Churchill And Strategic Dilemmas Before The World Wars


Title:                      Churchill And Strategic Dilemmas Before The World Wars

Author:                  John H. Maurer

Maurer, John H. (2003). Churchill And Strategic Dilemmas Before The World Wars: Essays in Honor of Michael I. Handel. London; Portland: F. Cass.

LOC:       2003051450

UA647 .C564 2003

Date Posted:      March 17, 2013

The Journal of Military History 68.3 (2004) 983-985 contained a review of this work. Including this book, three volumes[1] were published including a stimulating collection of essays written for an international conference held in honor of the late Michael I. Handel in November 2001 at the Naval War College in Newport, Rhode Island.

As the titles indicate, the essays explore wide-ranging themes, questions, and issues that had preoccupied Handel’s powerful intellect throughout his life’s study of strategy and war. The combination of uniformly high quality essays and well-conceived organization makes the volumes attractive not only individually but also as a set.

Michael Handel was a prolific author and editor, publishing nine books and numerous articles and monographs. References to Winston Churchill are plentiful throughout his writings, as Handel greatly admired Churchill’s strategic gifts, leadership, and writings. In honor of his great interest in Churchill, in Churchill and Strategic Dilemmas Before the World Wars, John Maurer, Christopher Bell, Brian McKercher, and David Jablonsky analyze Churchill’s appreciation of the changing international environment in the years preceding the two world wars. All four are worthy of careful study and loyal to Handel’s longstanding interest in Churchill, however two are especially noteworthy.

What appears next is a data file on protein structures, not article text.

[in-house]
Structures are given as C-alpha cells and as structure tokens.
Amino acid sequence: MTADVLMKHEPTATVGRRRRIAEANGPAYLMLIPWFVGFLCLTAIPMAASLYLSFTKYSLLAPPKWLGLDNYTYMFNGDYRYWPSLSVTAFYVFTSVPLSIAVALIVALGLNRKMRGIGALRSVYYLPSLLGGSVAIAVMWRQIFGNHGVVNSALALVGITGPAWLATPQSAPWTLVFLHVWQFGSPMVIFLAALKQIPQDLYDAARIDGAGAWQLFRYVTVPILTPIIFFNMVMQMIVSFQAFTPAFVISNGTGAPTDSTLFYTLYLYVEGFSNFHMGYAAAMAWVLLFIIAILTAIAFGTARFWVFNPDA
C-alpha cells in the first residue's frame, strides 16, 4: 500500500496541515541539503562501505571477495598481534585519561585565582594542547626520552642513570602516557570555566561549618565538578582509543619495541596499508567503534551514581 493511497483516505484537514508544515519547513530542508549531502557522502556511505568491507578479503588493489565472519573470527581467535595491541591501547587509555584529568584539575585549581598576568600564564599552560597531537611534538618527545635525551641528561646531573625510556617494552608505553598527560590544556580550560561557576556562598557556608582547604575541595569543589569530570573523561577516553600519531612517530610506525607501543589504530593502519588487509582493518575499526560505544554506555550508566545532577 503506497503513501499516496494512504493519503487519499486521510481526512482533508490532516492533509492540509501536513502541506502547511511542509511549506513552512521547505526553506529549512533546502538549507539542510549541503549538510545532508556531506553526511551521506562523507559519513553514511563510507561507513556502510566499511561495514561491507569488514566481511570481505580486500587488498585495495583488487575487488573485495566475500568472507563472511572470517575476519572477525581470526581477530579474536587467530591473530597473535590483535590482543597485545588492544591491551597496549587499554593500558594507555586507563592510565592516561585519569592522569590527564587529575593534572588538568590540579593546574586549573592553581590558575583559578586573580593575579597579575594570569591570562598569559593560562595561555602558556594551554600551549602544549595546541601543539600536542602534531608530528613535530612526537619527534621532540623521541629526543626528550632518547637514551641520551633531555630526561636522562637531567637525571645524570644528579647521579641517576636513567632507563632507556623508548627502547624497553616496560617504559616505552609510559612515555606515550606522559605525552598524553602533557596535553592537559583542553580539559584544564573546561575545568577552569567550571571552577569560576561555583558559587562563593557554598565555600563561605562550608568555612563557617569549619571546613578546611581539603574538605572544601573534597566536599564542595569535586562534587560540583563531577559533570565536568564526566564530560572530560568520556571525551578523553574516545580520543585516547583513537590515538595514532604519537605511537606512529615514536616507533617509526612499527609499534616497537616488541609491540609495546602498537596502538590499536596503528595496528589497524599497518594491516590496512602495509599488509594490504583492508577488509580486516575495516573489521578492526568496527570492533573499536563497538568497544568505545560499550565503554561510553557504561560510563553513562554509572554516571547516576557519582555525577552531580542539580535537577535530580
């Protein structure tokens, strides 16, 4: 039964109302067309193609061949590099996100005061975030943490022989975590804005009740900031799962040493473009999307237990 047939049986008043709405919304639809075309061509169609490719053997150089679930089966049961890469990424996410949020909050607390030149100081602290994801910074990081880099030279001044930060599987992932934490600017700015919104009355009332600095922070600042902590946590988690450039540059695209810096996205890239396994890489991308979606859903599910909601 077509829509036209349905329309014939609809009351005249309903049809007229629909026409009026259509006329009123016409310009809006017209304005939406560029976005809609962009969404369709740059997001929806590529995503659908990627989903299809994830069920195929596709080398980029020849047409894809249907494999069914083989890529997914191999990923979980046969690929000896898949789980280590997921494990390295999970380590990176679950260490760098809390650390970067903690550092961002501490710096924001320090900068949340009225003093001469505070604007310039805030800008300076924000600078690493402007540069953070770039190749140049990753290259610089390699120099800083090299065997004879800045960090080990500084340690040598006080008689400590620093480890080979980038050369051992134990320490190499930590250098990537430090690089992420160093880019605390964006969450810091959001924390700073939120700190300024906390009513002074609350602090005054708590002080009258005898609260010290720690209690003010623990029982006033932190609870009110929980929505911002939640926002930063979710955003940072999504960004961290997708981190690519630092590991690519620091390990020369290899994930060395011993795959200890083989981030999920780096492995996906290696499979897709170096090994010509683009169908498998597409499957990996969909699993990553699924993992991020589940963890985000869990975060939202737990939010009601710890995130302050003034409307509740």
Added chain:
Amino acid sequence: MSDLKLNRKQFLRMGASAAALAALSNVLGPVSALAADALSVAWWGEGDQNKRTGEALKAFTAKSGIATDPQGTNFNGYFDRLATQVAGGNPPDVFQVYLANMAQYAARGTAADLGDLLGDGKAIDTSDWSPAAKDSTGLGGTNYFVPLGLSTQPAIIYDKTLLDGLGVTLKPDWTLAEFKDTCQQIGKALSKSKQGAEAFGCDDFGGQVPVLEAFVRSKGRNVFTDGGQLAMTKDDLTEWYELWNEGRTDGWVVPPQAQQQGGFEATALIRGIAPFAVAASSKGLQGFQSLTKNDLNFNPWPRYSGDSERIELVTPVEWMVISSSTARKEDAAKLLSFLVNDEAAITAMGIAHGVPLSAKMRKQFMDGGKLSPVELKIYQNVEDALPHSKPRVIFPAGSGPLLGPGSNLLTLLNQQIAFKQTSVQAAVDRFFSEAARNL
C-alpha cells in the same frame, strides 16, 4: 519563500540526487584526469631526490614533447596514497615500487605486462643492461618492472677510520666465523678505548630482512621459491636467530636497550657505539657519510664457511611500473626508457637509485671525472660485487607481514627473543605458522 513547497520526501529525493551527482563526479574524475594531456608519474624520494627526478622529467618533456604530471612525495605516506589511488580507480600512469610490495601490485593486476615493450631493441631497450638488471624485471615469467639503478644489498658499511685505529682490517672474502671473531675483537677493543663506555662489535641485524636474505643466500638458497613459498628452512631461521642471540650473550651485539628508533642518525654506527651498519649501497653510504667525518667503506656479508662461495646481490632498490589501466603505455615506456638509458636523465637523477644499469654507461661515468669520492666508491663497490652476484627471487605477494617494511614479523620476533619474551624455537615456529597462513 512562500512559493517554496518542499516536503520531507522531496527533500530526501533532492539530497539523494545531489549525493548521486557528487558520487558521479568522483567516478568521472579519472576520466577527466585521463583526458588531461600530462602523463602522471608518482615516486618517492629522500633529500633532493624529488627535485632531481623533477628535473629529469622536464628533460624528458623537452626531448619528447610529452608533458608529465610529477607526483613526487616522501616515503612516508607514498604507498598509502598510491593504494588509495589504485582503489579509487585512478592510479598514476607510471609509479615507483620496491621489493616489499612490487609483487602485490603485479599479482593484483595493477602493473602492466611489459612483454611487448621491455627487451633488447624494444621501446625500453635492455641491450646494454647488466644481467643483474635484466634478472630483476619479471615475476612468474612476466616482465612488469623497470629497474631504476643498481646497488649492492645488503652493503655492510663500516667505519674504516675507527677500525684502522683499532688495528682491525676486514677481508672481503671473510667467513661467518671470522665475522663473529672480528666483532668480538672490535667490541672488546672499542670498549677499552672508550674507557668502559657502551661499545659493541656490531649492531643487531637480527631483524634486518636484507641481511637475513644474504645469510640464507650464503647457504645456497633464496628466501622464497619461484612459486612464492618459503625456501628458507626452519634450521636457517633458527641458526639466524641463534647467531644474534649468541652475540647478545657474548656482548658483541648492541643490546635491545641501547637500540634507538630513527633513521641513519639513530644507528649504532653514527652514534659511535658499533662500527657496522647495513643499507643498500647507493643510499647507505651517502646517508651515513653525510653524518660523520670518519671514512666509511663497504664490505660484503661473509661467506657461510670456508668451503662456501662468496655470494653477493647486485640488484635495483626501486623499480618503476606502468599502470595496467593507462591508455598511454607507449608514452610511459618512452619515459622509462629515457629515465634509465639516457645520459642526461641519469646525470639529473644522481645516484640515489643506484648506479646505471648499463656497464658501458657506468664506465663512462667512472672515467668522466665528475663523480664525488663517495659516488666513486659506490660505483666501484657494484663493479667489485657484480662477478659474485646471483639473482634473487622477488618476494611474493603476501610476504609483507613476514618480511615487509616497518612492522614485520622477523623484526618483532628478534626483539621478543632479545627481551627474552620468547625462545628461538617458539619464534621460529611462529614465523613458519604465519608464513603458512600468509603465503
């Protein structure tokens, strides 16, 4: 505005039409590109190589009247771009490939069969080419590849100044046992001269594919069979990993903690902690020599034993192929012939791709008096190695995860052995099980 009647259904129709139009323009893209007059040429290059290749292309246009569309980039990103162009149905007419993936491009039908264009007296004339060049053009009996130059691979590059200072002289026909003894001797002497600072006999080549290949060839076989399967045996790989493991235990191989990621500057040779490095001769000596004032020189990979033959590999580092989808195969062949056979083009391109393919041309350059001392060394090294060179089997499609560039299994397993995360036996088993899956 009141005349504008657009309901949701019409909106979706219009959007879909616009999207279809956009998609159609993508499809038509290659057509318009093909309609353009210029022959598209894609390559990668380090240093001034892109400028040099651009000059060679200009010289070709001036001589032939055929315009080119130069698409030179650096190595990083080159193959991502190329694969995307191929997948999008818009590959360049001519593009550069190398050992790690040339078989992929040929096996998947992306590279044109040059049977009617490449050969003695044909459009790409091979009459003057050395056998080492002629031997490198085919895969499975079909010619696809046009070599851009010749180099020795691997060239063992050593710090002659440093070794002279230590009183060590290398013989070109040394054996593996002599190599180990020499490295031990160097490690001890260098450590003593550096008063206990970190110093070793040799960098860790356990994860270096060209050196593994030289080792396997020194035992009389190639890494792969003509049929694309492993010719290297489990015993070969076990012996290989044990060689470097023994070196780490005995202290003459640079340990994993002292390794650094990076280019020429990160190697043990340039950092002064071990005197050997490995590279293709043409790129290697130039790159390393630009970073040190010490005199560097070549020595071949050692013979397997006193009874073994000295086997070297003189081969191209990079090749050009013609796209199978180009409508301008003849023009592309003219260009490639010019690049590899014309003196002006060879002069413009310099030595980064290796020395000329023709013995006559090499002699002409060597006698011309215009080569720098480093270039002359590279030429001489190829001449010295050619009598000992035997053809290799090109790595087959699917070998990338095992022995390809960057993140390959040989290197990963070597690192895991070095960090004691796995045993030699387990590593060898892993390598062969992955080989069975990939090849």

John Maurer argues that as First Lord of the Admiralty in 1911 Churchill clearly recognized that the German naval building program constituted an “ever-present danger” to Britain and deftly mobilized domestic support for a program of naval construction that ensured Britain’s naval preeminence. But Maurer also shows how Churchill believed that the arms race benefited neither country and actively sought to end the competition through calls for an Anglo-German naval holiday in shipbuilding. To Churchill’s chagrin, the German government did not evince any interest in what Maurer believes was a most serious proposal. However, while Churchill may have underestimated the recklessness of Germany’s leaders, he had successfully blunted their challenge to Britain’s first line of defense.

Christopher Bell’s chapter on the limits of British power in the Pacific in the period 1921 to 1941 also concludes that Churchill may have exaggerated his ability to persuade Japan’s leaders that a war against the Anglo-Americans would be disastrous and was to be avoided. Bell’s account reveals Churchill fully appreciated the weakness of Britain’s hand and its dependence upon American power and will to contain Japan, but also that he seriously misjudged Tokyo.

The following is the publisher’s description of the book.

Before the two world wars, Churchill was deeply concerned by the threats that faced Great Britain in the international arena. This volume examines Churchill’s views about the rise of German and Japanese power, and how the growing armed strength of these two countries undermined the security of Britain and its empire.

In addition, new technologies were transforming the international and strategic environment, not always to Britain’s advantage. The growing importance of air power in modern warfare, for example, posed the grave danger of direct attacks by bombers on the British home isles. The authors also offer new appraisals of the foreign policy and strategic prescriptions advocated by Churchill.


[1] The three volumes are Lee, Bradford A. (2003) and Karl F. Walling, eds. Strategic Logic and Political Rationality. Essays in Honor of Michael I. Handel. Portland, OR: Frank Cass; this book edited by John H. Mauer, and Betts, Richard K. (2003) Thomas G. Mahnken eds. Paradoxes of Strategic Intelligence. Essays in Honor of Michael I. Handel. Portland, OR: Frank Cass

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